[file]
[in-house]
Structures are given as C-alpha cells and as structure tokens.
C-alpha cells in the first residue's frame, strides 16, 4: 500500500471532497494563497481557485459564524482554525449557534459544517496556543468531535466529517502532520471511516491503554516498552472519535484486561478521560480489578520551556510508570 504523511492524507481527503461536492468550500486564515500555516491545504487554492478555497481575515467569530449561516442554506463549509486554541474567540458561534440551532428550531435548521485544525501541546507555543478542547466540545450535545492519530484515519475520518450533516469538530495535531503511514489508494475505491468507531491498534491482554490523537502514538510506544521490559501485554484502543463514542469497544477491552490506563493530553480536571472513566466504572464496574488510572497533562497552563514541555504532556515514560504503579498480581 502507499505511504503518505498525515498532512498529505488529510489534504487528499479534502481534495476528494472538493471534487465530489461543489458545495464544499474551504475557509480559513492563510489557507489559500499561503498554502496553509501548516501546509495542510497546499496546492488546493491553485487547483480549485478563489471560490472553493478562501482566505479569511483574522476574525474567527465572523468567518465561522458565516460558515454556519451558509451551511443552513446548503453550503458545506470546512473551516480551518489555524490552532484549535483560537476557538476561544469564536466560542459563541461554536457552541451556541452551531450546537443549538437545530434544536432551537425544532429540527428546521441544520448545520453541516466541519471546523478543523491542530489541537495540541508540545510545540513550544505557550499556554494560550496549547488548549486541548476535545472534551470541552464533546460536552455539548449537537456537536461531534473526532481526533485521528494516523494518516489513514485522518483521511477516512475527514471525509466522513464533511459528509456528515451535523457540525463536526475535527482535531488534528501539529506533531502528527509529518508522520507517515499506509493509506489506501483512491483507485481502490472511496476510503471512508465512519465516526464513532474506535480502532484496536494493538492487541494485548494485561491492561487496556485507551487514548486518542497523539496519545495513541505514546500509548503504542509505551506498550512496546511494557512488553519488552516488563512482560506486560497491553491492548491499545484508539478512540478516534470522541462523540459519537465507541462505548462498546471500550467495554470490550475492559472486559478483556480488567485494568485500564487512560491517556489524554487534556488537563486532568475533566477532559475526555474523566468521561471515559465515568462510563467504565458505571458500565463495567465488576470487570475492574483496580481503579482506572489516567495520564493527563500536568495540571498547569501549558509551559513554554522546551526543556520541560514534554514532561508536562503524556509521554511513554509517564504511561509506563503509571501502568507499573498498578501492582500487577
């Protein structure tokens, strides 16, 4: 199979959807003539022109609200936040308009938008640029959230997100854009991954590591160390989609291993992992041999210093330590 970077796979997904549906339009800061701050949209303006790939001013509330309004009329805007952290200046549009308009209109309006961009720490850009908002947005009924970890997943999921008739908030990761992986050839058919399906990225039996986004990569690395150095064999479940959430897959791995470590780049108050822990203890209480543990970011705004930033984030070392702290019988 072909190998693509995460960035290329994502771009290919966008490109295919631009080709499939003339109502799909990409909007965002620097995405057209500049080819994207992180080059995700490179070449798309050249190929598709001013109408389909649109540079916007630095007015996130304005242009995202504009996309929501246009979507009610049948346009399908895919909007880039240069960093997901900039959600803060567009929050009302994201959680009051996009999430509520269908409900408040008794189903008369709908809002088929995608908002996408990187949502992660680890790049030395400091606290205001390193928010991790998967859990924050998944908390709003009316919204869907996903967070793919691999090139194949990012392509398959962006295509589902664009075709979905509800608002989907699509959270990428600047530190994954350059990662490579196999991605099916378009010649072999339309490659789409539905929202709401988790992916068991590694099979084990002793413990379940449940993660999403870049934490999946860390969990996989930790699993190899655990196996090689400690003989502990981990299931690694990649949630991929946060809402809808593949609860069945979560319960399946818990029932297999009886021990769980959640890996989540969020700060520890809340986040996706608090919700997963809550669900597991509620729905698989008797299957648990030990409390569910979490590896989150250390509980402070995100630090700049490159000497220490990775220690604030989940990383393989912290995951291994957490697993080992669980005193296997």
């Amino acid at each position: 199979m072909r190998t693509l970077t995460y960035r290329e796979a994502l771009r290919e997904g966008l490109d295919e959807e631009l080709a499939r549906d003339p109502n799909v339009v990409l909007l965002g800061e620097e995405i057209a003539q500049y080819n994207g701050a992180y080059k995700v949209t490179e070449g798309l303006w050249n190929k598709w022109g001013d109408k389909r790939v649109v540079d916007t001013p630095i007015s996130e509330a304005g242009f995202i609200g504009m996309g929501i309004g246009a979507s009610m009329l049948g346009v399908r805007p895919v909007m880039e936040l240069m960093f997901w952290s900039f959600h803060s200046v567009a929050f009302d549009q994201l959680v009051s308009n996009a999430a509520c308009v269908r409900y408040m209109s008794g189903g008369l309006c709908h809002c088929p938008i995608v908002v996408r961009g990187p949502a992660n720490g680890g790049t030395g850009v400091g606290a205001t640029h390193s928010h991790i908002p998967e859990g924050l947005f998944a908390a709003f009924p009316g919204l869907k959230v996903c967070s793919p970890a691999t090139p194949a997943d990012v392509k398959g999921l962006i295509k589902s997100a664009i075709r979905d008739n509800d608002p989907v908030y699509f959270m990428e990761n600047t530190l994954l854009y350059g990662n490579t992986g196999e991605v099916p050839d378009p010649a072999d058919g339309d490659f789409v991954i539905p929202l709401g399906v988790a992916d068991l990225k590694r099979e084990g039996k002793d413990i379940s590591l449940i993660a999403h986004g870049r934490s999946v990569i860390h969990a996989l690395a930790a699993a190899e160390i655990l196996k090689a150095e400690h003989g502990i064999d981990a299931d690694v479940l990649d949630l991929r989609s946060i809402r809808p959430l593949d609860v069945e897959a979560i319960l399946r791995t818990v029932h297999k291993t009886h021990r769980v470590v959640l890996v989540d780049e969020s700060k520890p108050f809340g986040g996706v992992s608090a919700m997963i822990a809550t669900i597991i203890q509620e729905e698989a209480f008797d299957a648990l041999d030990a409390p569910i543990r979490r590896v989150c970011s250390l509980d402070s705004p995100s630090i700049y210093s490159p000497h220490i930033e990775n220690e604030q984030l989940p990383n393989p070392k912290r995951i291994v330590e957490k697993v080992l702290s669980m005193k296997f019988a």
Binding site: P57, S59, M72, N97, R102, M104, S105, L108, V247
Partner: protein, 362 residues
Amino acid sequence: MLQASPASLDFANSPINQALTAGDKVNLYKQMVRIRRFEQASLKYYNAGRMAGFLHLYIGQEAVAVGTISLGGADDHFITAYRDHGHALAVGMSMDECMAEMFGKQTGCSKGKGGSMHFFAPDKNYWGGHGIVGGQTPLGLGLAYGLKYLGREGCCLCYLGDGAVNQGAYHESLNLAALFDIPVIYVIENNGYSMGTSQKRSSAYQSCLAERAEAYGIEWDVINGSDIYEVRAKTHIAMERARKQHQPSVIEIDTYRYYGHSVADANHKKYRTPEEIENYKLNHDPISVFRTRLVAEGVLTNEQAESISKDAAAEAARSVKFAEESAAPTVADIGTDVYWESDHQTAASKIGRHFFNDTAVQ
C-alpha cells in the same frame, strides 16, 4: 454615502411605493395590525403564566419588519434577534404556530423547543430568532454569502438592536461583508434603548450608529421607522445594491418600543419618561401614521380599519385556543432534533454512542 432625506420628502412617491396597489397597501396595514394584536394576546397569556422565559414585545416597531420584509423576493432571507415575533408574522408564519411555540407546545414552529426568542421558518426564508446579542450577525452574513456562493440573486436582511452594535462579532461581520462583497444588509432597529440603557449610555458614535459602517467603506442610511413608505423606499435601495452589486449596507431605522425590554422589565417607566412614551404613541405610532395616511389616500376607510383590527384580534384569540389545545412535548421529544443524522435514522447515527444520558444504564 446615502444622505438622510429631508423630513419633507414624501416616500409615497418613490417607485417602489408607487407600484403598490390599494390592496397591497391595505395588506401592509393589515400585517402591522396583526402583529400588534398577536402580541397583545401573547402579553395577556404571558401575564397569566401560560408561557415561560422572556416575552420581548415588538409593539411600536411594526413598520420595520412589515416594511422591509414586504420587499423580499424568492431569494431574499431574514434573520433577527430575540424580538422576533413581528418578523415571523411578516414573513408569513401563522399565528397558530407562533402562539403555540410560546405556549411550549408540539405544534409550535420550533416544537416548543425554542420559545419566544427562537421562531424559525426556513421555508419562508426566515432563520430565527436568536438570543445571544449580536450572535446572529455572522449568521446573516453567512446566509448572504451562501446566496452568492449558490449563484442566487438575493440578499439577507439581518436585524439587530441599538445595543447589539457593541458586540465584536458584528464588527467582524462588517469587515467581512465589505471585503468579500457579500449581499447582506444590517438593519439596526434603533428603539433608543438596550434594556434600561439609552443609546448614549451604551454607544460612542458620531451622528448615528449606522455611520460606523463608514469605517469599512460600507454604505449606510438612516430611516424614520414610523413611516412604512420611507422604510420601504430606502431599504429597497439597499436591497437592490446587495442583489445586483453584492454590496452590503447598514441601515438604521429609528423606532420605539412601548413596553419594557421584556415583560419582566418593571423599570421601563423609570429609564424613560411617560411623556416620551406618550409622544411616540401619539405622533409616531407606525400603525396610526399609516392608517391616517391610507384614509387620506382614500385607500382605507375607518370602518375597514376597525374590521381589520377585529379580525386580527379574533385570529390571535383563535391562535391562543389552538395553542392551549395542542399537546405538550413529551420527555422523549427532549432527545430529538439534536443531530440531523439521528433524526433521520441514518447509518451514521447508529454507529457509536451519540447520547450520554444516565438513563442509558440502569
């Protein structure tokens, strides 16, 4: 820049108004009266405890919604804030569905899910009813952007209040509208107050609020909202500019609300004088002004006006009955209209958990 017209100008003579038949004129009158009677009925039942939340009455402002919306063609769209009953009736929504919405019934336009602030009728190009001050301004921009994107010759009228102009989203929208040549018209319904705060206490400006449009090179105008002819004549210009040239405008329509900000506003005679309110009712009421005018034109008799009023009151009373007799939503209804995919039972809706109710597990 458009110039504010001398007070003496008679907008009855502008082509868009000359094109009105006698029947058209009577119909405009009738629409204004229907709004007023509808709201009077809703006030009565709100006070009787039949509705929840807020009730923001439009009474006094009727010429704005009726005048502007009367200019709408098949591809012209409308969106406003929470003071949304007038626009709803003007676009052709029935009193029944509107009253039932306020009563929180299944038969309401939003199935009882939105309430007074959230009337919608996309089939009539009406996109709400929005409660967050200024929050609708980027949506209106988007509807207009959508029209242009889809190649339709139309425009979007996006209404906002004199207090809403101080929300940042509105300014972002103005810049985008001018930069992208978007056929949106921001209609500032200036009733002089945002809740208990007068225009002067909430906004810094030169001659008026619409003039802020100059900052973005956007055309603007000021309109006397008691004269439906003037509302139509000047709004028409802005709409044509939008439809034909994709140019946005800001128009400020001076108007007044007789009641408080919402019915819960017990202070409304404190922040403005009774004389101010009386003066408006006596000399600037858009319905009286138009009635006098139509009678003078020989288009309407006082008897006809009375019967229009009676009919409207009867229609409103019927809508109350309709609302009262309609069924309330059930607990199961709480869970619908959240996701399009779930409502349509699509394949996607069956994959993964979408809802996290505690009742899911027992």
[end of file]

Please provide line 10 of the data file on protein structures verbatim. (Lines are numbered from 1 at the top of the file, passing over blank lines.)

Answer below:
């Protein structure tokens, strides 16, 4: 820049108004009266405890919604804030569905899910009813952007209040509208107050609020909202500019609300004088002004006006009955209209958990 017209100008003579038949004129009158009677009925039942939340009455402002919306063609769209009953009736929504919405019934336009602030009728190009001050301004921009994107010759009228102009989203929208040549018209319904705060206490400006449009090179105008002819004549210009040239405008329509900000506003005679309110009712009421005018034109008799009023009151009373007799939503209804995919039972809706109710597990 458009110039504010001398007070003496008679907008009855502008082509868009000359094109009105006698029947058209009577119909405009009738629409204004229907709004007023509808709201009077809703006030009565709100006070009787039949509705929840807020009730923001439009009474006094009727010429704005009726005048502007009367200019709408098949591809012209409308969106406003929470003071949304007038626009709803003007676009052709029935009193029944509107009253039932306020009563929180299944038969309401939003199935009882939105309430007074959230009337919608996309089939009539009406996109709400929005409660967050200024929050609708980027949506209106988007509807207009959508029209242009889809190649339709139309425009979007996006209404906002004199207090809403101080929300940042509105300014972002103005810049985008001018930069992208978007056929949106921001209609500032200036009733002089945002809740208990007068225009002067909430906004810094030169001659008026619409003039802020100059900052973005956007055309603007000021309109006397008691004269439906003037509302139509000047709004028409802005709409044509939008439809034909994709140019946005800001128009400020001076108007007044007789009641408080919402019915819960017990202070409304404190922040403005009774004389101010009386003066408006006596000399600037858009319905009286138009009635006098139509009678003078020989288009309407006082008897006809009375019967229009009676009919409207009867229609409103019927809508109350309709609302009262309609069924309330059930607990199961709480869970619908959240996701399009779930409502349509699509394949996607069956994959993964979408809802996290505690009742899911027992």